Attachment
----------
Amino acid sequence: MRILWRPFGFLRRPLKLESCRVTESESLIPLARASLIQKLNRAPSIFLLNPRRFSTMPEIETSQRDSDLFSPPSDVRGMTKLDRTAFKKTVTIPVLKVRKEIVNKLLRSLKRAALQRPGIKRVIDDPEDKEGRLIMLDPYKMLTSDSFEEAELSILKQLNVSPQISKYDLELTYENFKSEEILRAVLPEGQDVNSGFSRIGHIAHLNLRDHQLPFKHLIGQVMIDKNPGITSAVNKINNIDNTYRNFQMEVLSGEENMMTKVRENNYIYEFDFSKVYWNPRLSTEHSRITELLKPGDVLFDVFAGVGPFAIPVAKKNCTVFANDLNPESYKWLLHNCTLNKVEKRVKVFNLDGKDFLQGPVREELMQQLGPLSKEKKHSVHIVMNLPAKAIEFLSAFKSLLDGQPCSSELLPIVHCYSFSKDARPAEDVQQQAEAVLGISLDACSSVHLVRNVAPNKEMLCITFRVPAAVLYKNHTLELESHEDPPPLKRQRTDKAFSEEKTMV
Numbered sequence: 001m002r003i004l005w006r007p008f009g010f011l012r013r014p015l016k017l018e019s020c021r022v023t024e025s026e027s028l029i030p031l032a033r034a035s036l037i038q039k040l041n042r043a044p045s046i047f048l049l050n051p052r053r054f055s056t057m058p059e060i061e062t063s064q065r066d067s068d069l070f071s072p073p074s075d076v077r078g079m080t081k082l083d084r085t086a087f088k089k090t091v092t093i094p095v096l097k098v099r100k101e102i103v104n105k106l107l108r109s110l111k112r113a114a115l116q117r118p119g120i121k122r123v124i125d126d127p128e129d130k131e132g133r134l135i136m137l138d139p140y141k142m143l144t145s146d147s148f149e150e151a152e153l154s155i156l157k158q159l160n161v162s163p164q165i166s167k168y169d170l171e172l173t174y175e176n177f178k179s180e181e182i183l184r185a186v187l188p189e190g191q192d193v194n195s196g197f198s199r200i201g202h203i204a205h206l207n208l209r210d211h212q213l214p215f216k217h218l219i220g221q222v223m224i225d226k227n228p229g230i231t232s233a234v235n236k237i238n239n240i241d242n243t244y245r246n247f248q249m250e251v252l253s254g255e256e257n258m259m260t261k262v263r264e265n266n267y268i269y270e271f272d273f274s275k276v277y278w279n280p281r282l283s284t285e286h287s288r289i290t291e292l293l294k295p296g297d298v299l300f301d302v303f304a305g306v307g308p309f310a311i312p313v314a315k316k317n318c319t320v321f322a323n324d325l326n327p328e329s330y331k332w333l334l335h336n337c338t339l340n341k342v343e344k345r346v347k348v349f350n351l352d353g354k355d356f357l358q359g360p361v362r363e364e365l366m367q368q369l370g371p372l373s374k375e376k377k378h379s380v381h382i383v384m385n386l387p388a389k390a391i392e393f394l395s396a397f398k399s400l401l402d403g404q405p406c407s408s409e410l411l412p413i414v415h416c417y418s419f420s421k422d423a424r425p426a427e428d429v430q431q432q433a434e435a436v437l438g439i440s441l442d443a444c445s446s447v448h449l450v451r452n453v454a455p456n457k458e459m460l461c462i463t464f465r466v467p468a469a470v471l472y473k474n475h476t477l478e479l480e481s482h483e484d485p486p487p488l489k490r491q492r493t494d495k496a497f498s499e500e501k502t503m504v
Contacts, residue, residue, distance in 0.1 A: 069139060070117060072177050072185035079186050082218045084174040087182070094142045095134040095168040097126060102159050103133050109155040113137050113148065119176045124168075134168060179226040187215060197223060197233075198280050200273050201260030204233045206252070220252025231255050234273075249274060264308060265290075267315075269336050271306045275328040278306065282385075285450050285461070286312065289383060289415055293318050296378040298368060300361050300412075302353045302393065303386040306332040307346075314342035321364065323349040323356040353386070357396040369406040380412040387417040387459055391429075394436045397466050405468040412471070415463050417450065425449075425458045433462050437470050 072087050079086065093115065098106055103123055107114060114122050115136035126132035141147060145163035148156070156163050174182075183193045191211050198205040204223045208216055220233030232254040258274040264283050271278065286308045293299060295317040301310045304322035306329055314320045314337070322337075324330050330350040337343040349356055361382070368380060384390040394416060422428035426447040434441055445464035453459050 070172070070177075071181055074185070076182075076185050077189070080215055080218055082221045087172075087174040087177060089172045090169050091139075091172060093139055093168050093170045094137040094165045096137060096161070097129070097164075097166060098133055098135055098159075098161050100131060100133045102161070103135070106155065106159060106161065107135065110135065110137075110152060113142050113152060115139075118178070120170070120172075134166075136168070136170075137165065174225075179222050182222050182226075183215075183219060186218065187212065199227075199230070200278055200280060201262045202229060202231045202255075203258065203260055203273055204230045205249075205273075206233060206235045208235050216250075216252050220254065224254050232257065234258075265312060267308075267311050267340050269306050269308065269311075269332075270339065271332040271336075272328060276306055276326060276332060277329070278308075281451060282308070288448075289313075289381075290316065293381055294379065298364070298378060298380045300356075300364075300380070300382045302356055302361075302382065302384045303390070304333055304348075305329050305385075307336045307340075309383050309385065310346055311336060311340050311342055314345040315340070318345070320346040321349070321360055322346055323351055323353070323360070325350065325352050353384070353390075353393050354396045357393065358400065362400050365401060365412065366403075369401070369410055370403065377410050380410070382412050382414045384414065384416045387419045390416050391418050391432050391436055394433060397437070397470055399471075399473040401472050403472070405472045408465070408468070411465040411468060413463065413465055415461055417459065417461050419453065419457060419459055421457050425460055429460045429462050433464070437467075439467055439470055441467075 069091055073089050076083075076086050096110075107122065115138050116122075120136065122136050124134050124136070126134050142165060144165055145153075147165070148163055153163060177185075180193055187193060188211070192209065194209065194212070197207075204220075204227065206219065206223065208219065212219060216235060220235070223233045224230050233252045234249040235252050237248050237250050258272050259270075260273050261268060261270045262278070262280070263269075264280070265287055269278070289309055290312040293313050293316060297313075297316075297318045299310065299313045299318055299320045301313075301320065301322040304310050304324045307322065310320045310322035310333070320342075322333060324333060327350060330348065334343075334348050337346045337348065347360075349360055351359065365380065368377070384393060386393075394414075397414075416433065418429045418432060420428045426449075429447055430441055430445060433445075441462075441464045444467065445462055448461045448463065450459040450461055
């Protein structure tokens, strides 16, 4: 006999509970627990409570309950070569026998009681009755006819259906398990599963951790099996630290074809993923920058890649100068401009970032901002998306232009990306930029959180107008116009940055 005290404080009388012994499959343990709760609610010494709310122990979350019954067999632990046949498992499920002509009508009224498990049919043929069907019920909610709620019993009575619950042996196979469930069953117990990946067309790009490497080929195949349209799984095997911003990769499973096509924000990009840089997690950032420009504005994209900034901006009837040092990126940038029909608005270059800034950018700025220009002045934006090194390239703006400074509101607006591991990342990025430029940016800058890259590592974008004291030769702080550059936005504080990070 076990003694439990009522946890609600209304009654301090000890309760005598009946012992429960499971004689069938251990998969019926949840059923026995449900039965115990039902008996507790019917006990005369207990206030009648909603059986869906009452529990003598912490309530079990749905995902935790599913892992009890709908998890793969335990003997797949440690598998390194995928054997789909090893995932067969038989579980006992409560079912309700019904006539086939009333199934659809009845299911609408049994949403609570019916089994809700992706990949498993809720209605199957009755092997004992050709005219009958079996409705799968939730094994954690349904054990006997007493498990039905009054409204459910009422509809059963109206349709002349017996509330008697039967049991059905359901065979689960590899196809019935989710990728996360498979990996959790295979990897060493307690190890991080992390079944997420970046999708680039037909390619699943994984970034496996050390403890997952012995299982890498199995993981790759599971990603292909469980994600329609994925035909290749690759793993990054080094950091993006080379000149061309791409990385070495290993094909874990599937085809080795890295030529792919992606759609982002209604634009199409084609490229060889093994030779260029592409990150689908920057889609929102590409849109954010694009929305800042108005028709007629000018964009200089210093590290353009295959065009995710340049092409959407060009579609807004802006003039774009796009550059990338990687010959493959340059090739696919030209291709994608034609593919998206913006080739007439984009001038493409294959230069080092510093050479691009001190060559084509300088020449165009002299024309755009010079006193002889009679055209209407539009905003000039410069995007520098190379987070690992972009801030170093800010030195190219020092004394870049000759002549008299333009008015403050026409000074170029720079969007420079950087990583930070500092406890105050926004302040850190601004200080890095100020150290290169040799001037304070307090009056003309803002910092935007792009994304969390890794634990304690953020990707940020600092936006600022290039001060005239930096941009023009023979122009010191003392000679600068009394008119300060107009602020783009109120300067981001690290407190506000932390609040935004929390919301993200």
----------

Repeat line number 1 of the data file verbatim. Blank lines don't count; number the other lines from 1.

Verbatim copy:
Amino acid sequence: MRILWRPFGFLRRPLKLESCRVTESESLIPLARASLIQKLNRAPSIFLLNPRRFSTMPEIETSQRDSDLFSPPSDVRGMTKLDRTAFKKTVTIPVLKVRKEIVNKLLRSLKRAALQRPGIKRVIDDPEDKEGRLIMLDPYKMLTSDSFEEAELSILKQLNVSPQISKYDLELTYENFKSEEILRAVLPEGQDVNSGFSRIGHIAHLNLRDHQLPFKHLIGQVMIDKNPGITSAVNKINNIDNTYRNFQMEVLSGEENMMTKVRENNYIYEFDFSKVYWNPRLSTEHSRITELLKPGDVLFDVFAGVGPFAIPVAKKNCTVFANDLNPESYKWLLHNCTLNKVEKRVKVFNLDGKDFLQGPVREELMQQLGPLSKEKKHSVHIVMNLPAKAIEFLSAFKSLLDGQPCSSELLPIVHCYSFSKDARPAEDVQQQAEAVLGISLDACSSVHLVRNVAPNKEMLCITFRVPAAVLYKNHTLELESHEDPPPLKRQRTDKAFSEEKTMV